I also recognise that I need a tangible goal to aim for. It could be having my photos on public display, generating a certain amount of income from Amway, registering a certain number of artists with Three Seeds – it could include all three, and of course more.
I think ‘change’ will be the key word for 2009. I, like everyone else on Earth, am afforded the opportunity to change almost any aspect of my life every single day, yet I fail to appreciate that most of the time. I subjugate myself to the status quo – it’s easier that way.
But that’s not good enough! I have a responsibility to be the best that I can be.
No, I shouldn’t need a New Year to make changes, but I don’t feel strong enough to act alone at the moment. The calendar will be my ally.
Anyway, it’s time for bed. We’re having our Christmas Day tomorrow as it’s a national holiday (emperor’s birthday) – everyone is able to gather at the family home just north of Tokyo. Excited!
I was in the library just after 9am this morning; it’s now 1.45am, and I got home 15 minutes ago. A 16.5 hour day, not bad. It was punctuated by an hour spent with my classmates, first year and second students on our course, in a meeting about the Year Abroad. That was fun. It was also really nice to see so many of us Japanese studies students together, you know, like one big family. Even making it through the first year is quite an accomplishment – so in a way we were all survivors.
I think Angela (joint head of Japanese language) does a fantastic job in co-ordinating our year abroad placements. It’s one of those things you take for granted, but she must put in an awful lot of work to make it all happen. Thanks Angela.
…But anyway, apart from that interlude I was in the library, or the basement of the Arts Tower, working on my dissertation. It’s nearly done. I just have to check over my referencing and insert a Table of Contents, then that’s it.
Unfortunately there isn’t really all that much of a sense of achievement. The reason for this is that originally, it was what I felt was a pretty good study of Japan’s NGO sector. That was when it was 13,000 words long. But the limit, imposed on the department by the powers that be (who require uniformity across the faculty), is 7,700 (that’s including the 10% leeway), which means I have basically had to hack it to bits. What I’m left with is a footnote-heavy scribble, jam-packed with only the essential information, and lacking in context – I feel it’s rather a dull read.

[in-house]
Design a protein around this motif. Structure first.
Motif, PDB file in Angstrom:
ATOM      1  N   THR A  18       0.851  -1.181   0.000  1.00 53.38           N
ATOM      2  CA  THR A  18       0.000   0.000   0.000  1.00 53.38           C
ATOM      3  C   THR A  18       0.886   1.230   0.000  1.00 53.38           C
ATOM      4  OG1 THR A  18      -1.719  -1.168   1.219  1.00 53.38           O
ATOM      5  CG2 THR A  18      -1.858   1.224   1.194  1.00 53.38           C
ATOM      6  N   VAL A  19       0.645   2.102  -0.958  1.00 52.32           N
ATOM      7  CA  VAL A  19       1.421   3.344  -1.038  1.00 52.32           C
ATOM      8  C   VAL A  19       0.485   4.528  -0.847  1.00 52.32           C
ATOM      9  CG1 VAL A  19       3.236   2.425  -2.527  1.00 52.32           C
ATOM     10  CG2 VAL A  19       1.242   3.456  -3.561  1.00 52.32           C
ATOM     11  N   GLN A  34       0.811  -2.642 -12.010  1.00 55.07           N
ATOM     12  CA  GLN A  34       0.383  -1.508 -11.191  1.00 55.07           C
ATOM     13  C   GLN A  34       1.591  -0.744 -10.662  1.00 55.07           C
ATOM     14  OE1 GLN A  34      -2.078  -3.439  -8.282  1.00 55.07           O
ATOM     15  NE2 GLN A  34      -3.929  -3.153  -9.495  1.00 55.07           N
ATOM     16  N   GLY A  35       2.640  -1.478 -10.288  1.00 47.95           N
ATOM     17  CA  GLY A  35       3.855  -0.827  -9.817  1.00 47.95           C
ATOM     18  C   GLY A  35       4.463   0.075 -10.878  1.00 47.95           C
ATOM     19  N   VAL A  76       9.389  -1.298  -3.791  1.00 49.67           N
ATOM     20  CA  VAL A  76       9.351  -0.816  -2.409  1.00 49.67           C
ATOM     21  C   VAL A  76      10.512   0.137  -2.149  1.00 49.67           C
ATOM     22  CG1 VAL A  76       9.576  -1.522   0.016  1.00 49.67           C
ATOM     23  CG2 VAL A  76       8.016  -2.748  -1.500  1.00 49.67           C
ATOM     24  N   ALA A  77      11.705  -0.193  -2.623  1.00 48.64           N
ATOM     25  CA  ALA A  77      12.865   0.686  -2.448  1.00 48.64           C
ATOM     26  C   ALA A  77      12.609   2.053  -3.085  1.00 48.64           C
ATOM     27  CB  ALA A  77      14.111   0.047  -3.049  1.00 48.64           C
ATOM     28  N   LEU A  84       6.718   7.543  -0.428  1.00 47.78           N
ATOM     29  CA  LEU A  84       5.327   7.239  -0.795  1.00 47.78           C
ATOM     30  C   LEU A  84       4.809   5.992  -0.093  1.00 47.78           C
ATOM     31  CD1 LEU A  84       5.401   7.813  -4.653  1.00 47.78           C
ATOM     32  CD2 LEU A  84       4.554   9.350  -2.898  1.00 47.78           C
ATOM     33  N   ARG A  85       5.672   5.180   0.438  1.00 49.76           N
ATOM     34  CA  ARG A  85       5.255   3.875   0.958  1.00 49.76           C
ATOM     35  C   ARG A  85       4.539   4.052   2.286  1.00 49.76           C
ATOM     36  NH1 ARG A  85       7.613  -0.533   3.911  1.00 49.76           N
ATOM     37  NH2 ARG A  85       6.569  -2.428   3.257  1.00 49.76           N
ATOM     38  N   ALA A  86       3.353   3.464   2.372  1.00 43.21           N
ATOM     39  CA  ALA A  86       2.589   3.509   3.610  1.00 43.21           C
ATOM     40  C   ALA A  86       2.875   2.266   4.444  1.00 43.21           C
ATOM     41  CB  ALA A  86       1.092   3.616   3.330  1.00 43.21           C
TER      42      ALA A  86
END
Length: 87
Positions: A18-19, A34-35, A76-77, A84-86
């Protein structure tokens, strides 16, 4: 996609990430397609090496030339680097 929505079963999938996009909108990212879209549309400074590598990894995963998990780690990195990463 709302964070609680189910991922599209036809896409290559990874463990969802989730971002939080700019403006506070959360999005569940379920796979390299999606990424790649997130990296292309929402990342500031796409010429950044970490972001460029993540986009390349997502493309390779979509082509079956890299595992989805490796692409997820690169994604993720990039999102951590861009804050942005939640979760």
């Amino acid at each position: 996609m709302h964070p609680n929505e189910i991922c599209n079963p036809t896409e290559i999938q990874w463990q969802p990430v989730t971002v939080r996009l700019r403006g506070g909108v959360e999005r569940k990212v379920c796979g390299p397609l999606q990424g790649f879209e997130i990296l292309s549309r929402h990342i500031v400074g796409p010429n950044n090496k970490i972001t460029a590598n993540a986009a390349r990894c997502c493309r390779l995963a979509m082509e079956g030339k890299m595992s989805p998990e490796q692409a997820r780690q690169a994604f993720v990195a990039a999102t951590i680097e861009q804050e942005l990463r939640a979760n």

I tried to get it down to the prescribed length, but it won’t go. Thus, I’ll have 2% knocked off my final mark for exceeding the word count, but I’d lose more if I tried to cut anything else out, and in a way I think its important to lose the marks – a vain attempt to make a point – you can’t really write a ‘dissertation’ with multiple chapters etc in 7,700 words. Extended essay yes, dissertation no. How about we are told “Between 7,000 and 10,000”. That would make more sense.
Perhaps I should just treat it as an exercise in being Concise.
But anyway, it’s not really about the final mark, it’s about the process, right? No, seriously, it is, and despite the stress and writer’s block, it’s been a really good module, and I’m glad that we’re required to do it. I’m also very grateful for the support I’ve received from my tutors, who saved me from a couple of nervous breakdowns.
And yeah, this procrastination thing: In a bid to avoid this dissertation, I have been very busy over the past few months getting all sorts of things done that would otherwise have gone undone. And now, with so much work to do on the piece and so little time to do it in, I’m forced to be highly productive for hours on end (like today). So, the overall effect is high productivity, high productivity. Win Win.
Must do this productive procrastination thing more often.
Anyway, best get off to bed. I have a team bonding session at 10am for an exciting new project I’m involved with at uni aiming to bring Web 2.0 tools into the learning process. I’m guessing it will mainly involve hugging and things, which is nice for a Thursday morning.
It’s reached the stage with this dissertation writing where drastic action is called for. I need to go on retreat this weekend to write it.
The only problem is finding somewhere that is affordable, quiet, and has no Internet access. Hotels are out on both counts. I’ve found a camp site, but it lacks a desk.
If I hadn’t got Broadband put in at mum and dad’s I could have gone there. Any ideas?
There is another 3-step option, which is looking more and more like the only option:
1) Set up parental controls on my Macbook’s second user account so that it will not allow any Internet access, and will only allow me to use my word-processing application, then…
2) Ask my class mate to reset my Macbook’s admin password, and not tell me the new password until Monday. Then…
3) Spend the weekend in Western bank library, which has very few PCs with Internet access.
Sounds like a plan.